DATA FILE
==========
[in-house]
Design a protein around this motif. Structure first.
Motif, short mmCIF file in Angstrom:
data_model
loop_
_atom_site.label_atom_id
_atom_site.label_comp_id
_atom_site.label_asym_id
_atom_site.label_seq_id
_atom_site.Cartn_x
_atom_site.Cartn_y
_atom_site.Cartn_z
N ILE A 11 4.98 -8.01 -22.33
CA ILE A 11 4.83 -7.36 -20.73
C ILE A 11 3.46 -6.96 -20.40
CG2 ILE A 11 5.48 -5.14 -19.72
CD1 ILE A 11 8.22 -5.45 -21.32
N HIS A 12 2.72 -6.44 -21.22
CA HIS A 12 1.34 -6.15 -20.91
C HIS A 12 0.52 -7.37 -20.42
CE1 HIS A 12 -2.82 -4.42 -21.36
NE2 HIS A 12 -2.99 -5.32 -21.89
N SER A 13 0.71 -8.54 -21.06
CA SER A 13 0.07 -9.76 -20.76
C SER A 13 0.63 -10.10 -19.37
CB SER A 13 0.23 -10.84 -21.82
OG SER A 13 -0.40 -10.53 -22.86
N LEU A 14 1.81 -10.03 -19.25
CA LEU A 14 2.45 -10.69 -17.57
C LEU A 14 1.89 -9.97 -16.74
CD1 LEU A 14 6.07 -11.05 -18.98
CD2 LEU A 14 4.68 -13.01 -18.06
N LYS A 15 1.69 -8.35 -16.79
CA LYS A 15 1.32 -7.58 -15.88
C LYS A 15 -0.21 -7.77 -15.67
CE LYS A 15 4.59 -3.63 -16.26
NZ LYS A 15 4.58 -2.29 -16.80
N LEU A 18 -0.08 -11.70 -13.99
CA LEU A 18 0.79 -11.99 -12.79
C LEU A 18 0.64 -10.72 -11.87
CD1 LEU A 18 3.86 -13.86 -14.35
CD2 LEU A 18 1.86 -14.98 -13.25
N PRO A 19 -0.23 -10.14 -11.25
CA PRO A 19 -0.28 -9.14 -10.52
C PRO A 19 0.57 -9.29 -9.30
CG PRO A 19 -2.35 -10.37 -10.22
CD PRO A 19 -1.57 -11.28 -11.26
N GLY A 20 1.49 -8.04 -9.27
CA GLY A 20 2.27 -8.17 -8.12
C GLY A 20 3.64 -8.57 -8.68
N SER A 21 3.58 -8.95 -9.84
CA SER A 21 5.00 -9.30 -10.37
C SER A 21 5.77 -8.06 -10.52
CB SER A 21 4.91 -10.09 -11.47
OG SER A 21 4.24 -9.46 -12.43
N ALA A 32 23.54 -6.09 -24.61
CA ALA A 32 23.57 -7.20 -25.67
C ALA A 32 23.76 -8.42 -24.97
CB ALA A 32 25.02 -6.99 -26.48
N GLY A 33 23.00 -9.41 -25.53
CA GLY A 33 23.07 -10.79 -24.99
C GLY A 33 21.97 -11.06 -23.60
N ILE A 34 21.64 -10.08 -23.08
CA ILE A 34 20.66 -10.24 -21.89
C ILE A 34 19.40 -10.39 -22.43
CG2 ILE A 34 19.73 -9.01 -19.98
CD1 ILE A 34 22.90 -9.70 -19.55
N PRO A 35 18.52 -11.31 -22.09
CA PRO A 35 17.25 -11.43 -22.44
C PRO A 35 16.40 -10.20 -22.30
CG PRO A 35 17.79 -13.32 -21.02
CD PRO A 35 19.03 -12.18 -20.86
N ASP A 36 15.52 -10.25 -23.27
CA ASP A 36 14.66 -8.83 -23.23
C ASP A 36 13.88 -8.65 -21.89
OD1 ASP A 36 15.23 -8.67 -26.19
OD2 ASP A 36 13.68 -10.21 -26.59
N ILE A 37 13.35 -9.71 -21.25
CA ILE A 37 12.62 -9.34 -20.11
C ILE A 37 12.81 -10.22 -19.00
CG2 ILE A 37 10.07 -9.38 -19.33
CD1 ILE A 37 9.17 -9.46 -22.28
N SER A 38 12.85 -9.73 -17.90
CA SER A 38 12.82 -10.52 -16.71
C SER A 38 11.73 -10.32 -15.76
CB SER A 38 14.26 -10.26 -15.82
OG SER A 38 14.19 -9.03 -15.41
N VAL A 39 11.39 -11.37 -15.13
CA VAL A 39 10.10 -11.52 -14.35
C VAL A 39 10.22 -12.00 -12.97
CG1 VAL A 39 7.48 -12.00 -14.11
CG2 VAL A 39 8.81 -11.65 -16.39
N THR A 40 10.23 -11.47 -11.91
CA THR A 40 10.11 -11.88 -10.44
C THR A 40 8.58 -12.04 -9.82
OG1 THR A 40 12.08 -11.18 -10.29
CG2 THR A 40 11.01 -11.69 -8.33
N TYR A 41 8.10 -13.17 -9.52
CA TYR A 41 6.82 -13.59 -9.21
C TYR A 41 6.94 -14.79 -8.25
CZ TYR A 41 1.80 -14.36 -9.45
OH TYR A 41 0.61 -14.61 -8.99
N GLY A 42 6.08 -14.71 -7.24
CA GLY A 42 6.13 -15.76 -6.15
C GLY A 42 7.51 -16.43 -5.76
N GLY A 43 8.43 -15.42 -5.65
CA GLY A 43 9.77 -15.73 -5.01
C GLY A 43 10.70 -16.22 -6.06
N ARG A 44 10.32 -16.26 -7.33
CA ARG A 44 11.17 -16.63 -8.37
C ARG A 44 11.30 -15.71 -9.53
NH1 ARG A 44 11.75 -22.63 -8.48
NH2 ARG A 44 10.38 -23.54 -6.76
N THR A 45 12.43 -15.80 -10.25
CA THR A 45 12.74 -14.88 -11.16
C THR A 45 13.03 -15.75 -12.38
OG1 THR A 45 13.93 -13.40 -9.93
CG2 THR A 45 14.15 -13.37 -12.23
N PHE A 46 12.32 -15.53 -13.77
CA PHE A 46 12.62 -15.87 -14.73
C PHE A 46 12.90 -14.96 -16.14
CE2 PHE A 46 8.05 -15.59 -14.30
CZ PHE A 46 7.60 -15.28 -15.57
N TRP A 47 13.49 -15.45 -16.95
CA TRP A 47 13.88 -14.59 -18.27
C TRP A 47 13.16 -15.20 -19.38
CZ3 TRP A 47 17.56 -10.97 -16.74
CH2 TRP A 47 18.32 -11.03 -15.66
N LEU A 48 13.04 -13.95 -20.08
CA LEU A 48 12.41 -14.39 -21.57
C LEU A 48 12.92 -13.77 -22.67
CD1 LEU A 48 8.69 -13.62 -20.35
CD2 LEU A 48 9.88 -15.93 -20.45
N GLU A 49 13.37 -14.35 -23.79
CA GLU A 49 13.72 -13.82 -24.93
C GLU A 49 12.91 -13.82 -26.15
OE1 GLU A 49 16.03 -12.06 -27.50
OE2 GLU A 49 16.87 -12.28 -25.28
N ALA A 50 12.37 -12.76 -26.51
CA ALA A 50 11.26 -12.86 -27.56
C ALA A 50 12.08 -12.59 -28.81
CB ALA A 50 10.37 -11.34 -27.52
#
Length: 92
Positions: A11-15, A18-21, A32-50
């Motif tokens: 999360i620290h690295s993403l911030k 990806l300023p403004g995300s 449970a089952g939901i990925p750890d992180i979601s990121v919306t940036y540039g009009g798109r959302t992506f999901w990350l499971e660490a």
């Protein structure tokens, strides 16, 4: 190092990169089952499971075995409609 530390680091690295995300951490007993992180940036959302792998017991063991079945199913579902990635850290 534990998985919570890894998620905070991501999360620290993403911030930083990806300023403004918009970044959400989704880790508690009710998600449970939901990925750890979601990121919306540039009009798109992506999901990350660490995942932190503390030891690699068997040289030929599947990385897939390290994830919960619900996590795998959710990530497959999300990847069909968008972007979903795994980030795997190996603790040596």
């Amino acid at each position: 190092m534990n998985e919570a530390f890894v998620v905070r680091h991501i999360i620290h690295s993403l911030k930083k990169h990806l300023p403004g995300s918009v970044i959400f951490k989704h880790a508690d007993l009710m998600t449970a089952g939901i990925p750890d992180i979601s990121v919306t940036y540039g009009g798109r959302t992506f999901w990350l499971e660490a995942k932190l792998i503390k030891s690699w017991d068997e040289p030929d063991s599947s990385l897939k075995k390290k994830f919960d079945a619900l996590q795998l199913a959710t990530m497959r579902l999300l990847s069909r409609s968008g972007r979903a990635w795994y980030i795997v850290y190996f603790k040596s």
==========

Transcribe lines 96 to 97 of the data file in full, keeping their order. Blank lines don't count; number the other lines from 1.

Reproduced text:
OG1 THR A 40 12.08 -11.18 -10.29
CG2 THR A 40 11.01 -11.69 -8.33